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Keywords:

  • asynchronous sampling;
  • Binomial distribution;
  • data pooling;
  • DNA ;
  • grizzly bear;
  • hazard;
  • spatially explicit capture–recapture;
  • SECR ;
  • Ursus arctos

Summary

  1. The standard spatial capture–recapture design for sampling animal populations uses a fixed array of detectors, each operated for the same time. However, methods are needed to deal with the unbalanced data that may result from unevenness of effort due to logistical constraints, partial equipment failure or pooling of data for analysis.
  2. We describe adjustments for varying effort for three types of data each with a different probability distribution for the number of observations per individual per detector per sampling occasion. A linear adjustment to the expected count is appropriate for Poisson-distributed counts (e.g. faeces per searched quadrat). A linear adjustment on the hazard scale is appropriate for binary (Bernoulli-distributed) observations at either traps or binary proximity detectors (e.g. automatic cameras). Data pooled from varying numbers of binary detectors have a binomial distribution; adjustment is achieved by varying the size parameter of the binomial.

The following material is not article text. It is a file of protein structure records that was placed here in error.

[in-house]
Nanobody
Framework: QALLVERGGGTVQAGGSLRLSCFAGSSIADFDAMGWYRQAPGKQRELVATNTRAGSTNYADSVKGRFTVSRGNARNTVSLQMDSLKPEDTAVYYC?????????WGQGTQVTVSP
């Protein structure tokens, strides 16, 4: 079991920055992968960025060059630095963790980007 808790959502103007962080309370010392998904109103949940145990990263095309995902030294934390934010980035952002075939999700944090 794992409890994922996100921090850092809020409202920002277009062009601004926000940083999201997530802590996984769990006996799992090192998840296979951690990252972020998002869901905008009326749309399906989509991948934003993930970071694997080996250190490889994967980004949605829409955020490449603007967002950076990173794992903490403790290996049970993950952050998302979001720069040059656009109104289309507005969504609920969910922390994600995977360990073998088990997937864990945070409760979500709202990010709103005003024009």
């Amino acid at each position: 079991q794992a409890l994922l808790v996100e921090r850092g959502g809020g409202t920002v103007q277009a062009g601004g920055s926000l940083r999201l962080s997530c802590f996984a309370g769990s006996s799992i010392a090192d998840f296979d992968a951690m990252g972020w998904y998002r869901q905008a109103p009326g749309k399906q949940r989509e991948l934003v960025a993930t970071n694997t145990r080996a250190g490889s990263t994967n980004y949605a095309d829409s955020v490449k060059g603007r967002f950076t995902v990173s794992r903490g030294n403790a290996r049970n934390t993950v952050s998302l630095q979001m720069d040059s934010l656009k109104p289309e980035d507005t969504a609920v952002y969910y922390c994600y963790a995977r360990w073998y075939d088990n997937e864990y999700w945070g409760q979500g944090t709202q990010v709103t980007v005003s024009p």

3. We compared a hazard-based adjustment to a more conventional covariate approach in simulations of one temporal and one spatial scenario for varying effort. The hazard-based approach was the more parsimonious and appeared more resistant to bias and confounding.
  4. We analysed a dataset comprising DNA identifications of female grizzly bears Ursus arctos sampled asynchronously with hair snares in British Columbia in 2007. Adjustment for variation in sampling interval had negligible effect on density estimates, but unmasked an apparent decline in detection probability over the season. Duration-dependent decay in sample quality is an alternative explanation for the decline that could be included in future models.
  5. Allowing for known variation in effort ensures that estimates of detection probability relate to a consistent unit of effort and improves the fit of detection models. Failure to account for varying effort may result in confounding between effort and density variation in time or space. Adjustment for effort allows rigorous analysis of unbalanced data with little extra cost in terms of precision or processing time. We suggest it should become routine in capture–recapture analyses. The methods have been made available in the R package secr.